Dr. Igor Švab
University of Ljubljana, Slovenia
Dr. Igor Švab is professor, founding member and head of the department of Family Medicine. He is current dean of Faculty of Medicine, University of Ljubljana.
He was president of the European society of family medicine (Wonca Europe) from 2004 until 2010. He has coordinated several international projects of family medicine development, mainly in Southeast Europe. He is editor-in-chief of the journal Slovenian Journal of Public Health and former editor of the European Journal of General Practice.
Among his awards the most prominent ones are the honorary membership of the Royal College of General Practitioners (UK) and the Wonca world fellow award.
Session 3: ETHICS AND EDUCATIONAL CONSIDERATIONS IN THE ERA OF PRECISION MEDICINE
DAY 2: September 12, 2019 | Keynote Speaker | 3:30 PM - 4:00 PM
Ethics, Education and Organization of Health Services in the Era of Big Data
Igor Švab MD, Department of Family Medicine, University of Ljubljana, Slovenia.
The era of big data is posing serious challenges to the medical profession. These challenges also address the areas of ethics, education and organization of health services.
Since more and more personal genomes are becoming accessible, one faces the dilemmas how to address the problem when the genome reveals additional information beyond the diagnosis being investigated. Data security is going to become increasingly important and measures will need to be developed to ensure that this information will not be accessed by unauthorized people.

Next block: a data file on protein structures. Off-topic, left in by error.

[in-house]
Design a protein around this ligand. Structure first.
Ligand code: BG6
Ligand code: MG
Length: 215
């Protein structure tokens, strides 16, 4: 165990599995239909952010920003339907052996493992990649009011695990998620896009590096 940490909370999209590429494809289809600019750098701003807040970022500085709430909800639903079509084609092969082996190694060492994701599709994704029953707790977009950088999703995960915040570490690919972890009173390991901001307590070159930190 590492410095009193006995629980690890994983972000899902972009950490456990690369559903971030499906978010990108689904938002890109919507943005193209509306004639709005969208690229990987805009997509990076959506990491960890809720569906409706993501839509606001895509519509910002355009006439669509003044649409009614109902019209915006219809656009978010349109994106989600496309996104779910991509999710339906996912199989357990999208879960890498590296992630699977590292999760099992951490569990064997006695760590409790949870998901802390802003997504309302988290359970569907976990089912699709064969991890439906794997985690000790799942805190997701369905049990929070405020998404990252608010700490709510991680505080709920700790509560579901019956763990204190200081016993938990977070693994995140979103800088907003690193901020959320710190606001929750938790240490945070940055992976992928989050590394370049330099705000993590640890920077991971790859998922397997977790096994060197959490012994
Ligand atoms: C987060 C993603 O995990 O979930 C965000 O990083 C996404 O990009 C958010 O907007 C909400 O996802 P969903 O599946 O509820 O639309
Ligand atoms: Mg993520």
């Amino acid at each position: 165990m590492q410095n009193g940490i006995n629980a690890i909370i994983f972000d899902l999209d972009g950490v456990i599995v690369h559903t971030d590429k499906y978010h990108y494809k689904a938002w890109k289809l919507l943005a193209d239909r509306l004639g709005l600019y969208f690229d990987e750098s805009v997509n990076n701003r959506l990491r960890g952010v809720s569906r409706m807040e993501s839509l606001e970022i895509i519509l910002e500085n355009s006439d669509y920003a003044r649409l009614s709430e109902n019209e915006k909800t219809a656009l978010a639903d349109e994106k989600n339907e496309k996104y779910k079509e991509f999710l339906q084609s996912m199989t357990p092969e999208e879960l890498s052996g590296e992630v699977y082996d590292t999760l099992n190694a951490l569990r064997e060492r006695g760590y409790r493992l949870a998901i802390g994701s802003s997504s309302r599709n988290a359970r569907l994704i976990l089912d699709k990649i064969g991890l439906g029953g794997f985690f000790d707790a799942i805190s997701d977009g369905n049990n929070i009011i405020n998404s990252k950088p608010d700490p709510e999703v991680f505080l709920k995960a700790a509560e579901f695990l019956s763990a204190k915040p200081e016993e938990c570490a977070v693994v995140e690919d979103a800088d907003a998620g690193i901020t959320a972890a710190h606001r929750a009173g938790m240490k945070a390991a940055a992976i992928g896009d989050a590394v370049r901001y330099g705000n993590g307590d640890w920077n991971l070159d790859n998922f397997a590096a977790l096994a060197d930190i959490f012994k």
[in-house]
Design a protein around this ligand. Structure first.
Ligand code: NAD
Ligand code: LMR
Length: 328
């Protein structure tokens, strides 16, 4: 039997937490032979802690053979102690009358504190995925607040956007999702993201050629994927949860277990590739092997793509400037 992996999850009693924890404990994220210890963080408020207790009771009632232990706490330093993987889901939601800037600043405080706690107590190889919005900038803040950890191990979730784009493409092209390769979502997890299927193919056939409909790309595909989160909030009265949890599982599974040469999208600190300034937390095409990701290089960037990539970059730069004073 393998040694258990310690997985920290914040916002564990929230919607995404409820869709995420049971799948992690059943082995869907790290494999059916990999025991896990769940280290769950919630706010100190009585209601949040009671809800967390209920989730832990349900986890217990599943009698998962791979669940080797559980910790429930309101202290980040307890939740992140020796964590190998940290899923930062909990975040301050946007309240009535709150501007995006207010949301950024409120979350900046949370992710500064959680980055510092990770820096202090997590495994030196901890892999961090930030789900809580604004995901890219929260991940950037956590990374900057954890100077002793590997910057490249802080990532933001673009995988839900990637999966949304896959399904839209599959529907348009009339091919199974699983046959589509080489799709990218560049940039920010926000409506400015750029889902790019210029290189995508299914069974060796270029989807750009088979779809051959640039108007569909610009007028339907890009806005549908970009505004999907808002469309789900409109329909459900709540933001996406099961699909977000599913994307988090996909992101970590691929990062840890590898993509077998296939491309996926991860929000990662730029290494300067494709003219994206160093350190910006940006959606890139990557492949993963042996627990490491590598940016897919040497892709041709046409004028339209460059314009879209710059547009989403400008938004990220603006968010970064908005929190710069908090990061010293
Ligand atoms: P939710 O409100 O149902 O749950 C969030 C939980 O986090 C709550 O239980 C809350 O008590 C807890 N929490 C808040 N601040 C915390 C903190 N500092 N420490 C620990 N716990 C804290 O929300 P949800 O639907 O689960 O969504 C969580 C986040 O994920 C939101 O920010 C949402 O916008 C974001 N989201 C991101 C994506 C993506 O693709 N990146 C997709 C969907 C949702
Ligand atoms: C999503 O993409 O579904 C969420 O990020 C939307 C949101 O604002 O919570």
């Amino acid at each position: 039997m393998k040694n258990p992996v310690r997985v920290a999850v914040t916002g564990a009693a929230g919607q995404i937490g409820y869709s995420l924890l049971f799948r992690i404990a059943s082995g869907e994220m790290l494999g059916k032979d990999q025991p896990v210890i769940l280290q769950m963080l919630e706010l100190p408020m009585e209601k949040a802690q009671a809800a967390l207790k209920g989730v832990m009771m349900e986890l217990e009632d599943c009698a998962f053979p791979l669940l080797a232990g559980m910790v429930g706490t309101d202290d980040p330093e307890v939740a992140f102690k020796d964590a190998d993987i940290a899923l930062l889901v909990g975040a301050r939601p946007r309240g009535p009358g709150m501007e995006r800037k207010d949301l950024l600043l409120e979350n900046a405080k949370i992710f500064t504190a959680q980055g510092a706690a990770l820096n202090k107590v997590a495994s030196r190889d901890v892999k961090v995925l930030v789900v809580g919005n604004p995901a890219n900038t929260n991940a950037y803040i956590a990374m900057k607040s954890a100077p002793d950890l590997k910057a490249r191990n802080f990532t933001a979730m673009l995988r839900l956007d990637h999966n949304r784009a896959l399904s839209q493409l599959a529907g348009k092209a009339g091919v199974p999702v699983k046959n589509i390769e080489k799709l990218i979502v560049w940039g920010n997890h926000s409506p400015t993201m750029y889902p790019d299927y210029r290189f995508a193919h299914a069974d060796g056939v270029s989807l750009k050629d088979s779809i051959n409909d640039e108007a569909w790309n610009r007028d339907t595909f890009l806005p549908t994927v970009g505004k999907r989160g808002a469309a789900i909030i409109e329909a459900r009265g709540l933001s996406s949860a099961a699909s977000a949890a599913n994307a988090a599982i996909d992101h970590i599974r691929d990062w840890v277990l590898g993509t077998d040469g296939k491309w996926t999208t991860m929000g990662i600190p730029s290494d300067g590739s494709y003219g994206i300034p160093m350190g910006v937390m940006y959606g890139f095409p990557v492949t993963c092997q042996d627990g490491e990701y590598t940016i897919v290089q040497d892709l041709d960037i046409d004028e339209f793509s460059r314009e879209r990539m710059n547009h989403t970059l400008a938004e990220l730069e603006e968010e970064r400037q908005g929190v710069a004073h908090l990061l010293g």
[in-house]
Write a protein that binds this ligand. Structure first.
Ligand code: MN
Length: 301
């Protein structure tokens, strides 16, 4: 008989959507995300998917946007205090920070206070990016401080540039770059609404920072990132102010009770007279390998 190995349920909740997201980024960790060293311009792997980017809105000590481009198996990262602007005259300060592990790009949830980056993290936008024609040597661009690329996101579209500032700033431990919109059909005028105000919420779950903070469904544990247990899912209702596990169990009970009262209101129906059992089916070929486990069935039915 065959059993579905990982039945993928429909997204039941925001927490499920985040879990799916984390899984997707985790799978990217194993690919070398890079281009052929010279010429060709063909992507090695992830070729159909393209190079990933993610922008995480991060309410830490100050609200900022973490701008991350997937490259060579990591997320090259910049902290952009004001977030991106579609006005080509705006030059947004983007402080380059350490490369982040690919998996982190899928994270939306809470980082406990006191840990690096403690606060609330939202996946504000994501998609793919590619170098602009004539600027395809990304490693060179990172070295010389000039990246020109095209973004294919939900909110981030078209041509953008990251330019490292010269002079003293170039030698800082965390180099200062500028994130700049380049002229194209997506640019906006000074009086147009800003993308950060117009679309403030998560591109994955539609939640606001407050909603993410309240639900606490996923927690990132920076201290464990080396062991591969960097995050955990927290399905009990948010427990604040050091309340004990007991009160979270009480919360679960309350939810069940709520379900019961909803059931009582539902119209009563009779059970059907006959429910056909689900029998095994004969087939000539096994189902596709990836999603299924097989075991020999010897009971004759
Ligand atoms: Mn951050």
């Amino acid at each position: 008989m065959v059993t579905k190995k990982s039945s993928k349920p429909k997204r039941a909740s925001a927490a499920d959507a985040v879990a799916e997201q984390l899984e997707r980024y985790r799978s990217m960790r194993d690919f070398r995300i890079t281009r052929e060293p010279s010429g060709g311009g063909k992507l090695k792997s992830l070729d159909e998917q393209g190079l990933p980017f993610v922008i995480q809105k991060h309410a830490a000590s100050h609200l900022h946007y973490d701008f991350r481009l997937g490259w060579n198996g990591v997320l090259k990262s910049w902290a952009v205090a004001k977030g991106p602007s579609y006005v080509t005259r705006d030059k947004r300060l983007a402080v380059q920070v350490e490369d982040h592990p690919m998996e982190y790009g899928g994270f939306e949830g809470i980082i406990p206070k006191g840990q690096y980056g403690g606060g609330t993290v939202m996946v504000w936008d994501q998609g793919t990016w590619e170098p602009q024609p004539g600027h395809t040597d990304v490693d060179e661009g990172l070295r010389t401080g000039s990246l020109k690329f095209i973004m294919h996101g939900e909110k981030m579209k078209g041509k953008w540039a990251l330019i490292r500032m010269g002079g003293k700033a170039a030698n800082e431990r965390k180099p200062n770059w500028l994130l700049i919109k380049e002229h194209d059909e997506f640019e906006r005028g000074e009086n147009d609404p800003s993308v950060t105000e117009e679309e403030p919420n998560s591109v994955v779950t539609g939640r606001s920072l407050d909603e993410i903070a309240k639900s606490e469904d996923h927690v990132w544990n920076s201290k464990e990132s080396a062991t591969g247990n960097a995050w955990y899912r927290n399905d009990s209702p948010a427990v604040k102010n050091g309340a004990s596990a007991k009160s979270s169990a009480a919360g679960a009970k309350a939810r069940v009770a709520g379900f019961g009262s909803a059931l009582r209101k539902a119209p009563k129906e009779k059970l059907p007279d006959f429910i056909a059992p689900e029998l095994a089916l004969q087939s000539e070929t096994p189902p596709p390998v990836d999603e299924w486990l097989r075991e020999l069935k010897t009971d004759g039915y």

The era of big data challenges the educationalists to adapt curricula at different levels. What is the core knowledge of every future physician? What is the knowledge needed by future clinicians in different fields and what is the knowledge that will be reserved for specialists in these area?
Even if genomics in medicine is already often part of the routine clinical investigation, the practicalities of this implementation in health services is often lagging behind. For instance, the investigation of the genome is not often regulated as a paid service. The increasing information will also give rise to need for genetic counselors and the need for them will increase in the future. The need to adequately manage all this data will change the composition of teams in hospitals and primary care.
It is necessary that specialist experts in the field and all medical professionals work together in order to use this potential for better patient care in the future.